Lost in Translation

Or, How Disabled Individuals Lack Freedoms in the US

Anna Stubblefield was in love with her client DJ, and DJ was in love with her. This would have been a matter of simple impropriety (and rightly so) were it not for the fact that DJ’s disability was a severe form of cerebral palsy (CP) and Anna was her therapist. Psychologists had previously been incapable of communicating with DJ, and had deemed him mentally retarded. Anna knew (or claimed to know) differently. Through the use of technology and a system known as facilitated communication, she was able to communicate with DJ.

This poses two issues:

  1. If DJ is mentally retarded, does that preclude him from being involved in a romantic relationship?
  2. If DJ is not mentally retarded, how does one prove DJ’s intelligence when the court throws out his only communication method as “unscientific”?

The answers to these questions are fairly simple:

  1. Mental retardation does not preclude involvement in romantic relationships in general, but a therapist cannot be involved in such a relationship.
  2. You can’t prove intelligence without a means for an individual to communicate.

This is certainly not a shining beacon of hope for individuals afflicted with CP, autism, or another communication-impairing disability. That a therapist would even think of involving themselves romantically with your child is every parent’s worst nightmare. Admittedly, DJ and Anna were both adults, but this is still not ethical in any way, shape, or form.

This is not an unheard of situation, though. Stephen Hawking, when afflicted with his own disorder of ALS, became involved romantically with his therapist as well. But of course, people already knew that he was intelligent…

So what happens to the average individual with communication deficits who fails to undergo treatment? Once again, a simple answer: They become wards of either their parents or the state and lose all chance at self-directed living. And unfortunately, due to the sheer cost of treatments for communication deficits, the vast majority of individuals thus disabled remain in that state, as their caretakers cannot afford the treatments. Sometimes the parents don’t even trust the treatments.

How is it at all reasonable for individuals with communication deficits such as autism to be restricted from self-directed living when their higher cognitive faculties are still fully intact? How is it legal for therapeutic treatments to cost such an inordinate amount of money that they are not available to all? Isn’t education supposed to be mandated by law? Why should individuals with, say, cerebral palsy, be treated any different than individuals with blindness, or deafness, or any other disability that doesn’t impair communication?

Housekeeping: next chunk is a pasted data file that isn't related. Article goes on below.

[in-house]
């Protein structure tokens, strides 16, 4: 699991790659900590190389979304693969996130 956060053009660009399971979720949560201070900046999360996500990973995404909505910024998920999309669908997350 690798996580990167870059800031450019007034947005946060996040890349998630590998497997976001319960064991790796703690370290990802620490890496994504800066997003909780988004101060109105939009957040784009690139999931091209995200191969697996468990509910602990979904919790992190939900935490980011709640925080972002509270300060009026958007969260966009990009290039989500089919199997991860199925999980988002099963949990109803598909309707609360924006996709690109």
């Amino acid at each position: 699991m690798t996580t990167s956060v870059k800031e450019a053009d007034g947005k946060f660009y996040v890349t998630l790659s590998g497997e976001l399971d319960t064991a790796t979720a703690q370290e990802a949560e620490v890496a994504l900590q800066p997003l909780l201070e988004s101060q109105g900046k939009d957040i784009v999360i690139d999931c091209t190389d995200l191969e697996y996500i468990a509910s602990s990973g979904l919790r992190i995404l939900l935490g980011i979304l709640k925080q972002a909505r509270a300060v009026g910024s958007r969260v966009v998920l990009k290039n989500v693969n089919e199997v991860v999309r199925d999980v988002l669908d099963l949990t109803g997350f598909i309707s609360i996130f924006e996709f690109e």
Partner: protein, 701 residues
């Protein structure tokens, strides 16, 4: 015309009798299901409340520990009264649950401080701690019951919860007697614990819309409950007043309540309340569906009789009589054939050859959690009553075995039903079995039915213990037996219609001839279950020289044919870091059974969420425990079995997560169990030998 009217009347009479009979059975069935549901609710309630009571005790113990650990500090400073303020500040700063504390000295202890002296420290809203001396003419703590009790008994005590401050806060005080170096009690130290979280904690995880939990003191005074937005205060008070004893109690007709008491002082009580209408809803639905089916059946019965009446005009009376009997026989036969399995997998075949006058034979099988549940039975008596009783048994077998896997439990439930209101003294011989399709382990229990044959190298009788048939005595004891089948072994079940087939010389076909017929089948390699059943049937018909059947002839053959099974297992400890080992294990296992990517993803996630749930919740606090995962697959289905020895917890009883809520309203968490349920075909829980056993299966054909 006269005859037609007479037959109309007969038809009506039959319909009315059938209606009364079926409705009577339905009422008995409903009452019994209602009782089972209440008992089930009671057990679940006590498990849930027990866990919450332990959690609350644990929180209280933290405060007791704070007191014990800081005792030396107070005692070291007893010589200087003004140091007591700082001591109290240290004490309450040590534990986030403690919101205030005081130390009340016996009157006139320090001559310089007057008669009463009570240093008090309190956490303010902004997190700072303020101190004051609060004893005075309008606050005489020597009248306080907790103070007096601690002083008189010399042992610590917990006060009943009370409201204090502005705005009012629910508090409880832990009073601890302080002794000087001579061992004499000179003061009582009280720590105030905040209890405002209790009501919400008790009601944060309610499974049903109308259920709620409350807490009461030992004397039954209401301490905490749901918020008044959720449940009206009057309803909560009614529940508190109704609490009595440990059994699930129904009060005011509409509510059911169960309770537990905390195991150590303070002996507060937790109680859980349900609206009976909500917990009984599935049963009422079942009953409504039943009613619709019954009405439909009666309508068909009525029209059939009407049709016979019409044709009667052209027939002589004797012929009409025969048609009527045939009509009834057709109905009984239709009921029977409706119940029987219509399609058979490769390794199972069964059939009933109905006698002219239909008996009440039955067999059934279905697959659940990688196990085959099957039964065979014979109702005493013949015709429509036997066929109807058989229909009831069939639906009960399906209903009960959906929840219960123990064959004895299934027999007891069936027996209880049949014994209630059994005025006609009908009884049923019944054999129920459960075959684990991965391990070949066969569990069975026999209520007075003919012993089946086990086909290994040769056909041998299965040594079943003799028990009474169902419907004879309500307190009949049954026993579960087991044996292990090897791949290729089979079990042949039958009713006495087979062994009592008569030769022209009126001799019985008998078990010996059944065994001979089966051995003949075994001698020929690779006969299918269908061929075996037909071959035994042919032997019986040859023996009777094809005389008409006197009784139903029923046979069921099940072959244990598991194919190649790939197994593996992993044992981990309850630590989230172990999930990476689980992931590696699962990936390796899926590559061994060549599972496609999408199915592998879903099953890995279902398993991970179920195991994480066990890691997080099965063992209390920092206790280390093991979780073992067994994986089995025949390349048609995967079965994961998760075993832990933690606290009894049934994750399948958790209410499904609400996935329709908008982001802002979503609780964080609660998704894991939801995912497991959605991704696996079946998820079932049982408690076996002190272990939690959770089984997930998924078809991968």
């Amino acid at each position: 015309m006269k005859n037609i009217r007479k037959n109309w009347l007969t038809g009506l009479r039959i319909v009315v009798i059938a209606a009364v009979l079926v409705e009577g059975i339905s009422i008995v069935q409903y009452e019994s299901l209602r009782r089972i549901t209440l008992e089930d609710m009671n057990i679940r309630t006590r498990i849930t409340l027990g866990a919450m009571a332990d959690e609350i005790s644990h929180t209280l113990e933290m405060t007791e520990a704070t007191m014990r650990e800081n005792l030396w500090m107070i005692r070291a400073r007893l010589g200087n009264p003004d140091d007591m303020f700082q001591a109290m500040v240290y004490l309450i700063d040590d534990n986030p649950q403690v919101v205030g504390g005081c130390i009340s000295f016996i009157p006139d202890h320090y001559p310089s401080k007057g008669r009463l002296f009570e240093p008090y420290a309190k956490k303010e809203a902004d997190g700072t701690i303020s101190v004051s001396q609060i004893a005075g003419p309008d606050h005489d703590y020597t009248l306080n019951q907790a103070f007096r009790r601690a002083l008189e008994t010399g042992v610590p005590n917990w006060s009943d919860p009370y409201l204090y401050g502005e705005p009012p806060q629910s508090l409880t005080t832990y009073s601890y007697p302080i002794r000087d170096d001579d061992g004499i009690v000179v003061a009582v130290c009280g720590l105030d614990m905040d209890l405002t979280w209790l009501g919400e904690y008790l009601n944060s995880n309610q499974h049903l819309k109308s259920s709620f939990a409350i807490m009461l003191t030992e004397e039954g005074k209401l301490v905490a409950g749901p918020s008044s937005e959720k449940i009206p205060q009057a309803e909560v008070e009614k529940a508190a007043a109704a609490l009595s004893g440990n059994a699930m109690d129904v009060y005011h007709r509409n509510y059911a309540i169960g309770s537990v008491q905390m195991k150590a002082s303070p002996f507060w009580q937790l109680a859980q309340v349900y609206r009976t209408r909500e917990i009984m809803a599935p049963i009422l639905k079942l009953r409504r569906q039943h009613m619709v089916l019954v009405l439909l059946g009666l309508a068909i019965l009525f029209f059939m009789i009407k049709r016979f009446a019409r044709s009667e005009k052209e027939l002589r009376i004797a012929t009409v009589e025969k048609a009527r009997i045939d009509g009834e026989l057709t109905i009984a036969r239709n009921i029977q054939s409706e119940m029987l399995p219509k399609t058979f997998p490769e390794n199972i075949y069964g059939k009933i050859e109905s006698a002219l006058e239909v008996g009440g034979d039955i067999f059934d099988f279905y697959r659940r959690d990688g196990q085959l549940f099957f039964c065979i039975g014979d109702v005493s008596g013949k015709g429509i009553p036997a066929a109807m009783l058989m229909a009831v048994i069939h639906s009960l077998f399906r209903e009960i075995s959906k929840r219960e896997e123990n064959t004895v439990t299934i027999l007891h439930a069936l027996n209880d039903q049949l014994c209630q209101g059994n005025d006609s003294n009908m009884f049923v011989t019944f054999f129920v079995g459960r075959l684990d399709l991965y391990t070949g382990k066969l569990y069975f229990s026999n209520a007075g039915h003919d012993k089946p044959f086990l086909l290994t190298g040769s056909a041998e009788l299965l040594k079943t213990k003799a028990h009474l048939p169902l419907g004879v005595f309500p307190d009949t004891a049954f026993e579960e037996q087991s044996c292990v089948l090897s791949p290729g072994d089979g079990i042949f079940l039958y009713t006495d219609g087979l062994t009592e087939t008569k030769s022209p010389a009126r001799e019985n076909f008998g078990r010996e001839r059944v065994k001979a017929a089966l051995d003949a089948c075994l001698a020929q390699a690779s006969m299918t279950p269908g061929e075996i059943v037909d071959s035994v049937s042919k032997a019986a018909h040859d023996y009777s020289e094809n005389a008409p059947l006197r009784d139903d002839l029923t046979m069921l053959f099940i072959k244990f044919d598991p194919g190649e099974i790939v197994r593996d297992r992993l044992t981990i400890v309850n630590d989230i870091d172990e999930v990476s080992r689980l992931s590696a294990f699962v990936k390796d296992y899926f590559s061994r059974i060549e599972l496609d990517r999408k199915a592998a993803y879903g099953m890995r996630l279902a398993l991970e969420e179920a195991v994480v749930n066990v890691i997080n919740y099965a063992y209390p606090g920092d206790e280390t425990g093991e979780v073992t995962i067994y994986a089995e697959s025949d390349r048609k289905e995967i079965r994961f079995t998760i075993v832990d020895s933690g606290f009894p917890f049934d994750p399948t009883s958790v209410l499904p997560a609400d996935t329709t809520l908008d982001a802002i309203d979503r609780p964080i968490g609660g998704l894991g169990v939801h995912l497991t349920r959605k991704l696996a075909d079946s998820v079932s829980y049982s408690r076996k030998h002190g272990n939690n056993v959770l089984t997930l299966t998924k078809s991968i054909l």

To return to the case of DJ and Anna, Anna perhaps deserved jail time for her breach of confidence. However, she did not deserve to be charged with two counts of aggravated sexual assault.

More importantly, DJ should never have had his facilitated communication treatments taken away from him. They may not be “scientific” in the eyes of the court, but if they aid him in communicating when all else fails, they are necessary for him to live self-directed. He now lives as if he is mentally retarded, and most people are none the wiser that trapped inside his brain is an ordinary (or greater) level of intelligence.

Full disclosure: I have both a mild form of CP known as spastic diplegia and a form of high-functioning autism, so the topic of injustice against the disabled is near and dear to my heart. I dream of a world where autistics and the like are valued for their unique worldviews, and not seen as liabilities. Already, tech corporations such as SAP and, more recently, Microsoft, have instituted autism hiring programs. Hopefully the trend continues.

Source: The New York Times Magazine

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